At the Bench: Outsmarting Myself

It was the spring of 1991 and I was determined to be good enough to be on the “C” squad for the UMASS bicycle racing team. I’ve often alleged that spring is a season unknown to Western Massachusetts. In stark terms, spring is temperatures in the low 40s to low 50s, frequently raining, or at least drizzling, black ice covered in sand lies in wait for unsuspecting cyclists and even on a nice day, being inside is better.

This was the era of grease-guard bottom brackets and no precision bearing could keep the grime out for those of us who rode through the Pioneer Valley spring. My mountain bike had just such a bottom bracket; I’d press a grease gun up against a tiny port and squeeze until grease exited the seals like icing from a pastry bag.

The road bike I raced was equipped with Campagnolo Super Record, which had been Campagnolo’s finest parts six years previous. The hubs had small metal clips at the midpoint of the hub that covered a small port in the hub shell, while the bearing shields sported two small holes in them. What I didn’t know at the time was that Campagnolo designed them to be injected with a heavy oil for the most demanding races, like Eddy Merckx’ hour record in Mexico City.

I was 25, which is to say I was smarter than the average bear, probably smarter than everyone else in the room, though I suspect I can find no one on this planet to back that assertion.

New England spring being what it was, me being who I was, and Campy hubs being what they were, I decided to take my grease gun and inject the hubs with grease until the magenta Pedro’s Syn-jection Grease oozed out of the bearing shields. It was a genius plan.

The next day I met my teammates at the Catholic Church’s Newman Center, where the team rides began every afternoon at 2:00 pm. We rolled out and quickly formed our two-by-two double-rotating paceline.

Before I go any further, I need to note that compared to most of my teammates I had less fitness, less experience as a racer and less everything in general, except for working on bikes. Experience working on bikes is not the same thing as intelligence for working on bikes. I say this with significant hindsight.

We made our way out from Amherst up the tree-lined streets into Montague, Leverett and other towns distinguishable by little more than the town signs. Even before we began hitting the bigger hills I found myself breathing harder than expected. I did my best to disguise this because I wanted to be one of the official riders on the C squad. We could enter as many riders as we wanted in the C field, but only six pre-appointed riders could score points, so it was important to pick the six strongest, while everyone else simply tried to survive.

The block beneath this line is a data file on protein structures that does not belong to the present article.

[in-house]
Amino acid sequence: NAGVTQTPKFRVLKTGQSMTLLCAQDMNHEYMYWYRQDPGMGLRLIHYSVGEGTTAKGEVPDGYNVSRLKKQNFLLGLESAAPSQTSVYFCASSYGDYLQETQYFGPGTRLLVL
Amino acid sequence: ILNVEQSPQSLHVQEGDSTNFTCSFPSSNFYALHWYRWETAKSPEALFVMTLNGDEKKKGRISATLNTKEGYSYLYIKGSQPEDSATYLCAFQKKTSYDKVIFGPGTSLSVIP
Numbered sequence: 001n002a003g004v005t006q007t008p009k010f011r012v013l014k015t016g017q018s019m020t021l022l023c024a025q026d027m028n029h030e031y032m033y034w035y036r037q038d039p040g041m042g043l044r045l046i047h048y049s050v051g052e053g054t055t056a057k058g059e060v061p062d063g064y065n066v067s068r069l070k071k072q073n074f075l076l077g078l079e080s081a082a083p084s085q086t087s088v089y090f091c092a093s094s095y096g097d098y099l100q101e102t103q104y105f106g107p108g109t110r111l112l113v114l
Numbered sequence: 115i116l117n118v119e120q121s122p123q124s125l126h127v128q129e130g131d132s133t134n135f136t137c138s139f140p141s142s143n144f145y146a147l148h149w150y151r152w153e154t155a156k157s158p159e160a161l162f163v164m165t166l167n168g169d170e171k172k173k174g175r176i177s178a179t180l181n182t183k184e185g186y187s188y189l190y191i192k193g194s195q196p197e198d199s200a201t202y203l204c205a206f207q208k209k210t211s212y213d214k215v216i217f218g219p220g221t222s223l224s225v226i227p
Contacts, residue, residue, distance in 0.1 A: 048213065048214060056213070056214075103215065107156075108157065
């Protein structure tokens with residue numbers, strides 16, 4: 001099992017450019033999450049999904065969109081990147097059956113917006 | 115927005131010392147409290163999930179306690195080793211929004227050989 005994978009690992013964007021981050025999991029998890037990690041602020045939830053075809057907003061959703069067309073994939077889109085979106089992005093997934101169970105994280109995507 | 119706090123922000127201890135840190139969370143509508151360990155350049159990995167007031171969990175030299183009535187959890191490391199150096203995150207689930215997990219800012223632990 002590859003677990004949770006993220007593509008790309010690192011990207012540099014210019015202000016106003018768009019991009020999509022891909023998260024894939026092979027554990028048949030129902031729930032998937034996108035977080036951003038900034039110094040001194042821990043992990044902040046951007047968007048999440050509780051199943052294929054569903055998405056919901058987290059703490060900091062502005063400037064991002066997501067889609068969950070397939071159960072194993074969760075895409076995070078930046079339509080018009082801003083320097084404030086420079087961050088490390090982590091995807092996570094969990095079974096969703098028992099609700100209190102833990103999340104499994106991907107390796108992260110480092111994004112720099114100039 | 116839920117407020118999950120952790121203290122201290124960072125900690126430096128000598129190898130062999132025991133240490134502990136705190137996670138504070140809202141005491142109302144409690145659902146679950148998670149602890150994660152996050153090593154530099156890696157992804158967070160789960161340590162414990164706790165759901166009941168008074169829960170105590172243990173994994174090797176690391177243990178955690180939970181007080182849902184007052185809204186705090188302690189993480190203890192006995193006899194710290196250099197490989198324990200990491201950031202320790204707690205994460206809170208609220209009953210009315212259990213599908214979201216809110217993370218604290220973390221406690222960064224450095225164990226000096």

I took a short pull when I arrived at the front and slid past my teammates, hoping I could blend into the wheels at the end of the paceline. Instead, what happened was I drifted straight off the back. My teammate Tim—a friend to this day—dropped back to nurse me into the group. I can’t recall a single word he said, but what I do remember was how gentle and encouraging he was. He was telling me that everyone was going flat-out and they couldn’t keep it up much longer and to just hang on, that Greg LeMond’s group was just over the hill, that I could slay dragons.

I wanted to believe him.

I learn lessons slowly, if at all. Epiphanies are delivered by the USPS—bulk rate. Even so, as my vision blurred under the effort to rejoin the group to which I had my own personal leadout, I suddenly realized why I was the slowest guy on the ride—the axles of both my wheels were encased in thick grease, like a boot stuck in mud.

Aspiring bike racers have a relationship with surrender that is, at best, estranged. There came a point when the only merciful—let alone sensible—course of action was to tell Tim to go back to the group and to let me limp home anonymously. Once I convinced him to go, he sprinted across a gap that felt insurmountable to me in mere seconds. If I’d had any doubt about the handicap all that grease had given me, it evaporated before he’d finished his effort.


The next day I went into Bicycle World Too where I was one of the wrenches and poured degreaser into the hubs and pushed wadded up paper towels through the hub shells with a screwdriver until I could look through the hub shells like I was looking down the barrel of a gun. I repacked the hubs without incident or flash of genius. And the day after, when I rolled out with the team, well, taking my pulls wasn’t a problem.

I felt as if I’d gained a full season’s fitness with the liberal application of … degreaser.

Join the conversation
  1. TominAlbany says

    Ah yes. Rookie maintenance mistakes! Like the time I broke a sparkplug off in the engine block because I was going to improve the performance of the ’79 Mazda GLC I was driving (in 1989!) by swapping to high performance plugs. I was actually sitting ON the engine block pulling on the ratchet with both hands trying to free up that plug…. LOL

    Also, pulled apart the front hub on an old Schwinn I’d been riding for 4 or 5 years and came up short by 1.5 bearings… LOL

    1. Padraig says

      You absolutely can’t stop there. You have to explain 1.5 bearings. My mind is racing trying to puzzle out that disaster.

Leave A Reply

This website uses cookies to improve your experience. We'll assume you're ok with this, but you can opt-out if you wish. Accept Read More